How To Improve Twitter Engagement

Even a few years ago, the number of followers your Twitter account has would have indicated how you are placed in the social media domain in comparison to your competitors. But for individuals and brands, it’s no longer just a number game. Having a massive following still does matter but more than mere numbers, what matters the most is perhaps the one thing that’s hardest to control – engagement.

Paid vs Organic Followers

If you want to take the easy way out, you can opt for paid and bot users. In lieu of paying a specific amount, you can boost your quantity of followers by purchasing bot followers. But if you are aiming to have quality followers who are real, relevant and paying attention (by participating in activities such as liking, sharing, retweeting your posts), these paid and bot users won’t help. While some of these users could be fake, others won’t bother about who you are and what you have to offer. That’s why you need to attract real, targeted, active followers (or what’s known as organic followers) who are interested in your posts and offerings, share gripping content of their own, and are active and engaged participants in the community you are aiming to reach.

Instead of finding organic followers manually, you can let Soaster do it for you. It has a system that finds accounts with similar interest, follows them within specific phases, and suggests actions after evaluating their account activities through an AI-powered algorithm. Thus, with Soaster, you can look forward to having a static boost in your Twitter audience – both in terms of quality and quantity. Despite a time-consuming initial phase of this process, every plan of Soaster’s guarantees annual new follower counts of 300+, 1000+, 2000+, and 3000+ respectively.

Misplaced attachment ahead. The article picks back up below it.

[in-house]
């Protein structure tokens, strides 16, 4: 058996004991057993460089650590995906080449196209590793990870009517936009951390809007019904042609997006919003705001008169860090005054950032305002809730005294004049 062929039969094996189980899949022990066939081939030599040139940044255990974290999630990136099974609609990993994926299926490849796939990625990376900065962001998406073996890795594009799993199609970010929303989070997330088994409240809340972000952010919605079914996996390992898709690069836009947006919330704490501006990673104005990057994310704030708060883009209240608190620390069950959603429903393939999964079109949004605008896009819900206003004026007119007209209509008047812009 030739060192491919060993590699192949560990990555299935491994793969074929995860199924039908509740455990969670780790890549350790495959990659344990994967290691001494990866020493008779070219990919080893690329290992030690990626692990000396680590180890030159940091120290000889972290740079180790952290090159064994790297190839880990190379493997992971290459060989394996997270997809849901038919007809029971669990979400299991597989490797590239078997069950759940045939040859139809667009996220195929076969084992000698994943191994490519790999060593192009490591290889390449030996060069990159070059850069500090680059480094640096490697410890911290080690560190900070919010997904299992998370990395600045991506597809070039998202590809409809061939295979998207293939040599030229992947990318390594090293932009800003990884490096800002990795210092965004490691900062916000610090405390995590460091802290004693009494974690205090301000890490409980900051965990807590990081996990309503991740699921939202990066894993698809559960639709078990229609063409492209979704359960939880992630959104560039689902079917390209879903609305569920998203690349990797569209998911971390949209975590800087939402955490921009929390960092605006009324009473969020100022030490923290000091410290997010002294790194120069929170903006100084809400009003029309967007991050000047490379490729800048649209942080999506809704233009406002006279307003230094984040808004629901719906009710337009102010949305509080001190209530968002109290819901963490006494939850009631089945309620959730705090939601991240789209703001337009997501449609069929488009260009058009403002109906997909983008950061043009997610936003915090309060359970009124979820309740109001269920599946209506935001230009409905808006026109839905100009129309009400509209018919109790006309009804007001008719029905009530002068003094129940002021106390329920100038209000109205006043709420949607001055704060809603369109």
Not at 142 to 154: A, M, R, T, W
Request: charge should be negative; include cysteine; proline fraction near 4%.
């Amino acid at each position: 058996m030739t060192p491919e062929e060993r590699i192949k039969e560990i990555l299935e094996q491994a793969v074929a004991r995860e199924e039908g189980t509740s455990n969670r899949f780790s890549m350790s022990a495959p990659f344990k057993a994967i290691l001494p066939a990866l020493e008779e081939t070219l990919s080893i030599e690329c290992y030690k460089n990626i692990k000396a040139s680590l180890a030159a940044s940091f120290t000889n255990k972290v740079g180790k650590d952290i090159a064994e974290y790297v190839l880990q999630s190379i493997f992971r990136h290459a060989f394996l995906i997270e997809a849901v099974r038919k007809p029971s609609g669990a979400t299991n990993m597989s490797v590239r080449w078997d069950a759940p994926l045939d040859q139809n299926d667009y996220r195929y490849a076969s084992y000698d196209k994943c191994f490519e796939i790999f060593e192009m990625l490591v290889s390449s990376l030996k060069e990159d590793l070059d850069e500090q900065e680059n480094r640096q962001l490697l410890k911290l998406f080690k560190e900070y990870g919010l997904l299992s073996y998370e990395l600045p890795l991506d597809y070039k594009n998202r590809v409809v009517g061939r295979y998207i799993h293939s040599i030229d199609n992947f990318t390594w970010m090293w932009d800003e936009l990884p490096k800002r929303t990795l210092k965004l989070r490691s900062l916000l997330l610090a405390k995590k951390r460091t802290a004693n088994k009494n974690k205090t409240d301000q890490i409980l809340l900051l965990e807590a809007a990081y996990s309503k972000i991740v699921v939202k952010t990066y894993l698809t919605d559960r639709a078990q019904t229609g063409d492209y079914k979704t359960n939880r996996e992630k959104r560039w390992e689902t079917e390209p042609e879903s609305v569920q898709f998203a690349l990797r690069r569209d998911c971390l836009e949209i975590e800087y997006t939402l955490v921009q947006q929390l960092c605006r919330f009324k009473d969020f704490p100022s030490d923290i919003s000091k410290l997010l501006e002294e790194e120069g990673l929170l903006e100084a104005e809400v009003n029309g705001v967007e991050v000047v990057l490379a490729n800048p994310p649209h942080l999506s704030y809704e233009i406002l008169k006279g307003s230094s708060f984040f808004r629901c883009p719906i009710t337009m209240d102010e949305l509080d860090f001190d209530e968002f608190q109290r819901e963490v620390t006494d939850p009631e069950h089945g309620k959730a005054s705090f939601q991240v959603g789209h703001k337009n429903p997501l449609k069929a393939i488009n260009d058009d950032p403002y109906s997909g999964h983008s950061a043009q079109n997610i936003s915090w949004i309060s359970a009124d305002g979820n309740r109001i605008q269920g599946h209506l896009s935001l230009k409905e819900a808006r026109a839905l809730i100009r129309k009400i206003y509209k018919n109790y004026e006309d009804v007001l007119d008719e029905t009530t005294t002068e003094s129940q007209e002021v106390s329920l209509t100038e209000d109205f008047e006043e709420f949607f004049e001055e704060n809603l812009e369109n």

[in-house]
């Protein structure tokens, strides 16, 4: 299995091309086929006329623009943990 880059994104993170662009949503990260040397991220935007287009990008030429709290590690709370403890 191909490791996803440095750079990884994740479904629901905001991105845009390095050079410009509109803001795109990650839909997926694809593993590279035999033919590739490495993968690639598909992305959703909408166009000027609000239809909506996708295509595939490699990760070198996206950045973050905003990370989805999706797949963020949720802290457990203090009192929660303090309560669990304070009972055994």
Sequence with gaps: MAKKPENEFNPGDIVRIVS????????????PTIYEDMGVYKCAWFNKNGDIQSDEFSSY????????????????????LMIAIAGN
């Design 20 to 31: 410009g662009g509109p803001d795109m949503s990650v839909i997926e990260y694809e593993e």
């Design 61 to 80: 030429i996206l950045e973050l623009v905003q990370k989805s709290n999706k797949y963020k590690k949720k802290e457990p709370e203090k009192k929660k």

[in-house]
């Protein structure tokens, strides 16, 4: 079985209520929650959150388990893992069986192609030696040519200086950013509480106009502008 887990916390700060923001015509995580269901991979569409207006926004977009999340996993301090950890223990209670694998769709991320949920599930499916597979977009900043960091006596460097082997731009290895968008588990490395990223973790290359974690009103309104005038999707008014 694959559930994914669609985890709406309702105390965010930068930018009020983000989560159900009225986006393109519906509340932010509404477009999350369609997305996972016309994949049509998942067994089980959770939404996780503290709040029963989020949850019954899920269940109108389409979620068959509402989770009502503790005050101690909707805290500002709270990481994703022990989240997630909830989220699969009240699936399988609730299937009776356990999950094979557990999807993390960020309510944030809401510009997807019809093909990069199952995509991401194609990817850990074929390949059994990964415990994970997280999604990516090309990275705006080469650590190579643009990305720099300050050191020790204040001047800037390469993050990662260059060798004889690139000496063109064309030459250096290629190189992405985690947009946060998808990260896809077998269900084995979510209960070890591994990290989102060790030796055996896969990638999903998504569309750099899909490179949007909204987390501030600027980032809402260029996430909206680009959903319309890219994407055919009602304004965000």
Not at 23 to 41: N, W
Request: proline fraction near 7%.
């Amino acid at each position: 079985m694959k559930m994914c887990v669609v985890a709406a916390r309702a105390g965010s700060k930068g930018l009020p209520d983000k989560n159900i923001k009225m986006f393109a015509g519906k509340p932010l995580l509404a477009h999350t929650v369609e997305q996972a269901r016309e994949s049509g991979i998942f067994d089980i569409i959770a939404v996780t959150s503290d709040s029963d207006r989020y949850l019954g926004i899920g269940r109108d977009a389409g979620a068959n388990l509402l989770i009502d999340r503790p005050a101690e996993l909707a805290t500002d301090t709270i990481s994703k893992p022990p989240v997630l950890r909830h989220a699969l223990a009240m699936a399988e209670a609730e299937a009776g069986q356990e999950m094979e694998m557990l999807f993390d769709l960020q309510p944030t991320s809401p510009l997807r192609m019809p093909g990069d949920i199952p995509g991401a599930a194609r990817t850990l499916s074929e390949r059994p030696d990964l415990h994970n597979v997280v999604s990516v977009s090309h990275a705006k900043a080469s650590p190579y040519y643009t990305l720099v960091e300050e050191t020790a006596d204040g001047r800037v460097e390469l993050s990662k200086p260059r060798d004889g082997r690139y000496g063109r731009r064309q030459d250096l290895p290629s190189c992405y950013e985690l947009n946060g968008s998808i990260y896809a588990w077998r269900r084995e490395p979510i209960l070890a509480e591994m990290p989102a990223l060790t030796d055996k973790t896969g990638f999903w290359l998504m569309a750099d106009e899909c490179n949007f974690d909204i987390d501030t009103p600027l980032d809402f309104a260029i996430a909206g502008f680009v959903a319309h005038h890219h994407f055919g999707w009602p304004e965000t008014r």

Types of Engagement to Target

For your Twitter account, you can target different types of engagement. For amplification-type engagement where you want your content to be shared a lot to make it reach people beyond your followers, you have to craft your content carefully. This would be different from content that aims to make people listen and respond to it (reaction-type engagement). If you seek direct response engagement to boost your website traffic or get more signups for your webinar/newsletter, your posts should have strong and direct CTAs (call-to-action). For each of your posts, you have to know the type of engagement you are seeking and craft your content accordingly to encourage the same.

Ways to Improve Engagement

Follower count alone is a vanity metric. Instead of chasing the numbers, focus on getting relevant, targeted followers. Here are some ways to do just that:

Focus each post on a solitary type of engagement:

Don’t cram your posts with too many CTAs (like a URL, hashtag, or an image) as they would divide your audience’s attention. Limit your CTAs to direct your audience down a specific path (like landing up on your Home Page or a Special Offers page).

Respond to engagements:

No matter what type of engagement you have, try to respond to each of them. From saying ‘Thanks’ for a share or like, to responding to comments, make sure your audience knows you are taking their conversations and engagements seriously.

Time your posts well:

Some of your followers could be active during business hours at specific times (say, the lunch hours) while some others could be the most active online during weekends. Know your ideal posting frequency that makes it most likely for your content to be found by your target audience to bring the biggest response your way, and schedule your posts accordingly.

If it all sounds like an uphill task, let Soaster guide you through it. Once Soaster sets the ball rolling, you can pick up the pace from there to build upon your Twitter engagement.

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